Adjunct Professor of Business Angela Pascarella returns to the institution that stirred her passions, giving students a new perspective.
By Hannah Hunhoff
Angela Pascarella sat through a Bethel University nursing orientation program in 2011 as a freshman with dreams of pursuing a career as a nurse midwife. New realizations transpired when she learned about the program’s high rigor and the possibility of a number of students being cut from the program during her sophomore year.
For the first time in Pascarella’s life, she heard a voice telling her that she “wasn’t good enough for this.” This led to an “identity phase” in which she switched her major from psychology to elementary education.
Pascarella conducted a greater self-analysis of her personality and “who God called her to be” in her Introduction to Creative Arts class. She recalls taking the StrengthsFinder assessment alongside some nursing majors in her class cohort and found that while they ranked high on the empathy and service scale, her results displayed that she was an “achiever and a natural leader.” Pascarella soon found another common thread amid her skills and trail of majors: A passion for “human centeredness and connection.”
These revelations, along with a heart for people and business, prompted her to major in business with an emphasis in human resources and led her to the door of Associate Professor of Business Joyce LeMay’s office, who affirmed Pascarella’s decision.
“Bethel fostered a really awesome environment for me to be myself and not be ashamed of struggling,” Pascarella said. “It provided an open space, whether it would be in class or other outlets, to just be my authentic self.”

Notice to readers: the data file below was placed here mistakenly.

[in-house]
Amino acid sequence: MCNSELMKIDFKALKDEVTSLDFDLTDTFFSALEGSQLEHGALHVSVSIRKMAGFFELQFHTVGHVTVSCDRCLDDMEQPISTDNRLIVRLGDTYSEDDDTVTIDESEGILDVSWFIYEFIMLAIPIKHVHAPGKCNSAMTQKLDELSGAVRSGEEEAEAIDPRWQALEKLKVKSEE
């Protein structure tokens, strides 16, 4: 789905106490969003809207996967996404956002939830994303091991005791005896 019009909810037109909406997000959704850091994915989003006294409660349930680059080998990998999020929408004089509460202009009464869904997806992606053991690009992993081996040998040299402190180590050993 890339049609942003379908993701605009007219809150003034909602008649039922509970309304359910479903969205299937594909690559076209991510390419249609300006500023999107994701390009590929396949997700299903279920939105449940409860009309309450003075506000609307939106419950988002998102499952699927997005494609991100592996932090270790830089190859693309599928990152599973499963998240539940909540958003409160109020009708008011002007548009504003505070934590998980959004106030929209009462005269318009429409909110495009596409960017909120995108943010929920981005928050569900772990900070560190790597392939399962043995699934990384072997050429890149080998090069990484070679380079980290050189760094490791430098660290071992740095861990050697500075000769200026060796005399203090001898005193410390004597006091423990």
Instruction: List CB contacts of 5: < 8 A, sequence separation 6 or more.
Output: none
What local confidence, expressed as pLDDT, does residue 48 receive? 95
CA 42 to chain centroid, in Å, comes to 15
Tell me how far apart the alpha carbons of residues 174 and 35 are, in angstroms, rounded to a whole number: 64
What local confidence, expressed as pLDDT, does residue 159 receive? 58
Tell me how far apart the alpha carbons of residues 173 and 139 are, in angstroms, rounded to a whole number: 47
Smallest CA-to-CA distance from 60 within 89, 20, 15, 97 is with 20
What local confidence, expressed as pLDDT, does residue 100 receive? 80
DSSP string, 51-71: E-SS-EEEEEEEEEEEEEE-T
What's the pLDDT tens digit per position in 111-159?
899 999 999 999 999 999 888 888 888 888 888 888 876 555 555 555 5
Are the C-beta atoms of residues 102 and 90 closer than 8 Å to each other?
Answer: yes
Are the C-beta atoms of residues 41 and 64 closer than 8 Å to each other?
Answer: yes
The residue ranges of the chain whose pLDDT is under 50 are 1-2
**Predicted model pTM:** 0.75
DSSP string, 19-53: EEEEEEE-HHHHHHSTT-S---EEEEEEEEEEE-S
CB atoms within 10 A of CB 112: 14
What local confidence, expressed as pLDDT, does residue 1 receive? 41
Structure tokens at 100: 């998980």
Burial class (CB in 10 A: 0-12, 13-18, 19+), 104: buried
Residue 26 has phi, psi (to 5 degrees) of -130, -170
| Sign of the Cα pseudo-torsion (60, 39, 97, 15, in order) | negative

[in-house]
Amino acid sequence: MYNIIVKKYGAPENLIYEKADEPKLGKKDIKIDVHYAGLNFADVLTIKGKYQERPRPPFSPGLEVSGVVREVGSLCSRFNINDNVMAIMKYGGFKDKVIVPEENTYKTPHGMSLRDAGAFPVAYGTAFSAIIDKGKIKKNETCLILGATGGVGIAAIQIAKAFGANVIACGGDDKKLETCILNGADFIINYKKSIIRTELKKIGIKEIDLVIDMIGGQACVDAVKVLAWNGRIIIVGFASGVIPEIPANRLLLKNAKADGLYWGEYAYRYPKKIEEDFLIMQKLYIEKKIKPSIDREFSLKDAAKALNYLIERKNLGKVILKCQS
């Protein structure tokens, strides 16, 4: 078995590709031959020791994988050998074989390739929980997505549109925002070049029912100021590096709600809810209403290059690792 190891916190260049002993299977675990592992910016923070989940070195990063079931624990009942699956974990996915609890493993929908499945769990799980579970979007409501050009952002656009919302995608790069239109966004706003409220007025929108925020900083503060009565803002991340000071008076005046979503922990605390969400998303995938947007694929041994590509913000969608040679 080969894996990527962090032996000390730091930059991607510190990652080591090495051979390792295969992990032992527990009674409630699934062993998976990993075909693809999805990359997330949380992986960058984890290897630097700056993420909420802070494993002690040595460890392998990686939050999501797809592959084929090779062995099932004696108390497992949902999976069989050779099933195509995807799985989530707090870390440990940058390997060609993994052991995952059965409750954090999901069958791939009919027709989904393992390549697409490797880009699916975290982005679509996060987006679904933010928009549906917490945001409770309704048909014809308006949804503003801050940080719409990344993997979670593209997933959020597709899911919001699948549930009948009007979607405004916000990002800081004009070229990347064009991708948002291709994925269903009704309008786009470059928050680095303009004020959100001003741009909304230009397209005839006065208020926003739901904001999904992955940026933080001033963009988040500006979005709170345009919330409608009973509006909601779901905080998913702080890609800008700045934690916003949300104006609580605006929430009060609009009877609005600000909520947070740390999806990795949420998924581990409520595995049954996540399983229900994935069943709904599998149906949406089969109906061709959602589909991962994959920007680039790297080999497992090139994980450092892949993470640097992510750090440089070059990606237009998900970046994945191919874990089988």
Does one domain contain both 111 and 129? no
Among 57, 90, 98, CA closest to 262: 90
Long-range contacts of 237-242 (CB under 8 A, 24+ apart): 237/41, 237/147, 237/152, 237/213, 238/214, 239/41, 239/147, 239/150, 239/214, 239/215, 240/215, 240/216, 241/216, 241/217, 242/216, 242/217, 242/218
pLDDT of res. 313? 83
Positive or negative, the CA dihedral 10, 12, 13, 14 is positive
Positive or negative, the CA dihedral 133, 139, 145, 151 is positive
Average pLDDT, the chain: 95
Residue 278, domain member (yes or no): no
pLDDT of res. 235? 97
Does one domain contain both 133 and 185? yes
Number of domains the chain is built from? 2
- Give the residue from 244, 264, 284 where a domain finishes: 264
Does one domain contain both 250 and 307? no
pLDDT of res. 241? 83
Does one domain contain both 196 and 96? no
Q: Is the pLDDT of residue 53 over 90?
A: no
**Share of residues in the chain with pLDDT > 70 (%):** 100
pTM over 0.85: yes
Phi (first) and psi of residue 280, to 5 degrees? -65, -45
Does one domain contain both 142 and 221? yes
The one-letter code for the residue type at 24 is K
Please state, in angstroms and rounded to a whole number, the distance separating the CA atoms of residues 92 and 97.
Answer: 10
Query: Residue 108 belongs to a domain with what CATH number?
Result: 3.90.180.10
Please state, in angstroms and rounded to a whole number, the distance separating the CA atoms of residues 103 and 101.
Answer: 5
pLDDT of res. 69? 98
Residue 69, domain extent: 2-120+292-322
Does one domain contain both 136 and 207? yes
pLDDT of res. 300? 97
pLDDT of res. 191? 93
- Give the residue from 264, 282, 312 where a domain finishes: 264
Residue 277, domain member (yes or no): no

Her natural leadership tendencies were significantly shaped during her childhood in Winneconne, Wisconsin, where she grew up as an only child. When Pascarella was around three years old in 1996, her father – a successful entrepreneur, leader and businessman – passed away from a heart attack. In the next five years of her childhood, Pascarella said that she went through a season of hardship. This led Pascarella to grow in responsibility and maturity.
“I had to step into a lot of different roles and it took away from me being able to be a child. It also gave me a great sense of perspective that I am capable of a lot of different things beyond what I could have ever imagined,” Pascarella said. “In the midst of that, the Lord has just been so gracious.”
Pascarella recognizes that these years of hardship were the pathway that eventually led her to a relationship with Jesus. Soon after, Pascarella and her mom moved to Oshkosh, Wisconsin in 2003 and attended Plymouth Congregational Church. During their first church visit, the youth pastor approached Pascarella and invited her to attend the youth group program. Every Wednesday and Sunday, Pascarella attended youth group, where she fostered a strong foundation of both faith and leadership.